Leading policymakers from Central Asia today predicted a steady outlook for the region despite geopolitical headwinds.
Speaking during a roundtable at the Uzbekistan Economic Forum in the ancient Silk Road city of Samarkand, leaders including Timur Ishmetov, Finance Minister of Uzbekistan, Galmyzhan Pirmatov, Governor of the National Bank of Kazakhstan and Koba Gvenetadze, Governor of the National Bank of Georgia were united in their view that the macroeconomic fundamentals underpinning the region’s potential remained strong despite the fallout from the war in Ukraine and global inflationary pressures.
The policymakers agreed on the serious threat that entrenched inflation posed to the continued economic development of nations in Central Asia and the Caucasus. The economic impact of Russia’s invasion of Ukraine, tighter global monetary policies and the lagged effects of supply chain disruption caused by the Covid pandemic were identified as the external factors driving high inflation.
Recognition of the threat caused by overtightening of monetary policy was shared but the fear of spiraling and entrenched inflation was highlighted as the principal risk to future regional macroeconomic stability.
According to Pirmatov and Ishmetov, continued efforts to enhance macroeconomic stability across both countries are united by a common desire to accelerate reforms to increase private sector participation in the economy and better coordinate fiscal and monetary policy.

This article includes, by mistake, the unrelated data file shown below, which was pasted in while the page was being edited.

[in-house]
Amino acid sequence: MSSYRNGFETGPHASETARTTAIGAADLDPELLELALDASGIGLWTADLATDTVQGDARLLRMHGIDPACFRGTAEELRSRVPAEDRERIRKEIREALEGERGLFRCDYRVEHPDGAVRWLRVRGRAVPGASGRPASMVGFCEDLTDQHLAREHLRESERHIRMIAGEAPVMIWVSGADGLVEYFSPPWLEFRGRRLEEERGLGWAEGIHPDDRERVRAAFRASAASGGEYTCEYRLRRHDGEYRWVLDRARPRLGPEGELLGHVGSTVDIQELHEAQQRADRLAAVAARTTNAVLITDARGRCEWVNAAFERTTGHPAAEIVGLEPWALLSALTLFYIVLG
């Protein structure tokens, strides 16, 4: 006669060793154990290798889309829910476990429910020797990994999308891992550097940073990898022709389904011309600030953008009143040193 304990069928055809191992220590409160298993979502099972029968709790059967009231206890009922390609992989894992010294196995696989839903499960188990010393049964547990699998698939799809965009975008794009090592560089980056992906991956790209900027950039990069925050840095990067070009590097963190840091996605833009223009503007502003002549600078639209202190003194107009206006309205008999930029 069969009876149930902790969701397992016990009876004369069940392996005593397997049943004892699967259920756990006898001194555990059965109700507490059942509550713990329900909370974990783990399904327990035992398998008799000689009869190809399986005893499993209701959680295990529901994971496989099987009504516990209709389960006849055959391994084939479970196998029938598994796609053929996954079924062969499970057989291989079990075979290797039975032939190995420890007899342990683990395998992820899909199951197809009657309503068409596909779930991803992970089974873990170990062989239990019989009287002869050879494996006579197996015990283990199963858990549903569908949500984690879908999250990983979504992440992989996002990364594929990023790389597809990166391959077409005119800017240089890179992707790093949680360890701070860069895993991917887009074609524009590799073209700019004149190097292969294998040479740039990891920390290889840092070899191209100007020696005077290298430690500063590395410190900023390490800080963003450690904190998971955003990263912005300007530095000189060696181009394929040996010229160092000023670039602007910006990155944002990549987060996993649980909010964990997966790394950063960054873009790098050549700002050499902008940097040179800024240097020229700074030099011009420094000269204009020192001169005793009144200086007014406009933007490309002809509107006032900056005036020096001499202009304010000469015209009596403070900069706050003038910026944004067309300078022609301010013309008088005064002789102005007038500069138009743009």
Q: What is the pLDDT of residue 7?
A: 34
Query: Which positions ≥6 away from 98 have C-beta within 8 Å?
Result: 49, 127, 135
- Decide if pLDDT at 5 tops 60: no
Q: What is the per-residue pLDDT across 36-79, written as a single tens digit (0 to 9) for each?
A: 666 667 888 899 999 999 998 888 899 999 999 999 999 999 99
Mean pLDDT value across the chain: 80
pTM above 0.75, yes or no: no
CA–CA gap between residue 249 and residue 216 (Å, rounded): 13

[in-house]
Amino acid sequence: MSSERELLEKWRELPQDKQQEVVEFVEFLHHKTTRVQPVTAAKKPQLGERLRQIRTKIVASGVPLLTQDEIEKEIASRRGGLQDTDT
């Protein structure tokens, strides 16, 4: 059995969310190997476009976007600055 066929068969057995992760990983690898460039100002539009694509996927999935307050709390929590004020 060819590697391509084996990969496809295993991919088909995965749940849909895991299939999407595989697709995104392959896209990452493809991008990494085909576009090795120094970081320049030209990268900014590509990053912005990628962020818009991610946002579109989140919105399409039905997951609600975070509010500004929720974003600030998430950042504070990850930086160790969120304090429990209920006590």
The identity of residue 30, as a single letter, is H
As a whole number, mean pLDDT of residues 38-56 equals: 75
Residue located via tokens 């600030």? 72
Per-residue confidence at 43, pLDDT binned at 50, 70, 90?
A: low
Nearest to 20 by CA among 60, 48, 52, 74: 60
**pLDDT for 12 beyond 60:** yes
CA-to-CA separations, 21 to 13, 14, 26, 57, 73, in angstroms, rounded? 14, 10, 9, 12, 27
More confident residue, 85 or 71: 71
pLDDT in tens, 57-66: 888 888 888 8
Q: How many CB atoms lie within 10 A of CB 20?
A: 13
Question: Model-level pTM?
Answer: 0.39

Gvenetadze emphasized the impact of migrant flows from Russia, Ukraine and Belarus on the Georgian Iari as increasing demand leads to currency appreciation and an estimated 1.5% boost to annual GDP. The Georgian central bank governor also stressed the need to combat inflation before it was allowed the chance to embed in the economy.
Timur Ishmetov, Finance Minister of Uzbekistan said: “Uzbekistan’s economic prospects for this year remain strong. We are expecting an annual growth rate of over 5% and we are committed to lowering inflation, which is principally driven by external shocks, to below 5%. We will use all our macroprudential tools to limit inflation’s impact on our economy. Alongside these efforts we will continue with our ambitious package of supply side reforms to stimulate private sector involvement and drive productivity growth.”